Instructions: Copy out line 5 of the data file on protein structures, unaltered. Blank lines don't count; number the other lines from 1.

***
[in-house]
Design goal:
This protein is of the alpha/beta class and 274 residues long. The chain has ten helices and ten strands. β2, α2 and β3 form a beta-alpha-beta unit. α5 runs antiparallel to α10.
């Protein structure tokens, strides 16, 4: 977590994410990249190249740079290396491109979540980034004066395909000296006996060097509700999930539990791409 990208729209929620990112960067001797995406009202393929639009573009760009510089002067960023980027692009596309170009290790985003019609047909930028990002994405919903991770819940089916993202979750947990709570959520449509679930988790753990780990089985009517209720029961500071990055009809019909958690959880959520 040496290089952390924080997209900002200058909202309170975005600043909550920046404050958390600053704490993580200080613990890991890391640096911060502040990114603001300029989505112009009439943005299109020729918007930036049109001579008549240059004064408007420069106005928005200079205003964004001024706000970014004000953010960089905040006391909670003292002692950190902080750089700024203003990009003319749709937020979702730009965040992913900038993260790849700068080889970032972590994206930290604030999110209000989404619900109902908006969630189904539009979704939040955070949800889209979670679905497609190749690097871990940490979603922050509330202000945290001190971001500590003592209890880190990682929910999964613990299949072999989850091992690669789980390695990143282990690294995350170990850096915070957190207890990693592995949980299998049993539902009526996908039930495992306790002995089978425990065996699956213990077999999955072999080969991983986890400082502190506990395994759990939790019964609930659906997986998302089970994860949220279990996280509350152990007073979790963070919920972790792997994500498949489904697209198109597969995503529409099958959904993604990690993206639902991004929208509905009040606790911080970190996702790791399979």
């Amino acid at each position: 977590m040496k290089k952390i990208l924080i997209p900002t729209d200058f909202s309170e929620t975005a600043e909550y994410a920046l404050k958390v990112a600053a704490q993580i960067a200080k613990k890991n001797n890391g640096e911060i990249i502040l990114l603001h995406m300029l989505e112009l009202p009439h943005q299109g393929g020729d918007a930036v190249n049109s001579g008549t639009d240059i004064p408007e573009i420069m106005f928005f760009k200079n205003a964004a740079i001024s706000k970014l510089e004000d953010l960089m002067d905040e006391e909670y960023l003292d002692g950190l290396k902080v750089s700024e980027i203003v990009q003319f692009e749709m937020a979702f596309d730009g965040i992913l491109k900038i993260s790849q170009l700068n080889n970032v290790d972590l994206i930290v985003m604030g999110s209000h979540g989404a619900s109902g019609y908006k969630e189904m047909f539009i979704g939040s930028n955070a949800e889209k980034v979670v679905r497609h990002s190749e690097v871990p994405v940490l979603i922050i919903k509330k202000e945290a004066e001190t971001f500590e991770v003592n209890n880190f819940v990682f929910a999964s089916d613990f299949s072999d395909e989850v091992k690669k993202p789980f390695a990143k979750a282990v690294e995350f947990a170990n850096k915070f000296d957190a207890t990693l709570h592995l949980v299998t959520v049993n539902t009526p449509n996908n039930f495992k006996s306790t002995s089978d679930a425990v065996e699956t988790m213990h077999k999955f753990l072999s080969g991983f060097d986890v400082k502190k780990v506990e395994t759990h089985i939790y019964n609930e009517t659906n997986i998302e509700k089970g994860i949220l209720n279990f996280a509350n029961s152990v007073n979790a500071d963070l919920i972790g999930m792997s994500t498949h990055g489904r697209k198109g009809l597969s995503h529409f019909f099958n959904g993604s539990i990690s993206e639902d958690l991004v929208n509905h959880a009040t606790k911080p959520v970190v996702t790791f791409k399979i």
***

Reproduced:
């Amino acid at each position: 977590m040496k290089k952390i990208l924080i997209p900002t729209d200058f909202s309170e929620t975005a600043e909550y994410a920046l404050k958390v990112a600053a704490q993580i960067a200080k613990k890991n001797n890391g640096e911060i990249i502040l990114l603001h995406m300029l989505e112009l009202p009439h943005q299109g393929g020729d918007a930036v190249n049109s001579g008549t639009d240059i004064p408007e573009i420069m106005f928005f760009k200079n205003a964004a740079i001024s706000k970014l510089e004000d953010l960089m002067d905040e006391e909670y960023l003292d002692g950190l290396k902080v750089s700024e980027i203003v990009q003319f692009e749709m937020a979702f596309d730009g965040i992913l491109k900038i993260s790849q170009l700068n080889n970032v290790d972590l994206i930290v985003m604030g999110s209000h979540g989404a619900s109902g019609y908006k969630e189904m047909f539009i979704g939040s930028n955070a949800e889209k980034v979670v679905r497609h990002s190749e690097v871990p994405v940490l979603i922050i919903k509330k202000e945290a004066e001190t971001f500590e991770v003592n209890n880190f819940v990682f929910a999964s089916d613990f299949s072999d395909e989850v091992k690669k993202p789980f390695a990143k979750a282990v690294e995350f947990a170990n850096k915070f000296d957190a207890t990693l709570h592995l949980v299998t959520v049993n539902t009526p449509n996908n039930f495992k006996s306790t002995s089978d679930a425990v065996e699956t988790m213990h077999k999955f753990l072999s080969g991983f060097d986890v400082k502190k780990v506990e395994t759990h089985i939790y019964n609930e009517t659906n997986i998302e509700k089970g994860i949220l209720n279990f996280a509350n029961s152990v007073n979790a500071d963070l919920i972790g999930m792997s994500t498949h990055g489904r697209k198109g009809l597969s995503h529409f019909f099958n959904g993604s539990i990690s993206e639902d958690l991004v929208n509905h959880a009040t606790k911080p959520v970190v996702t790791f791409k399979i």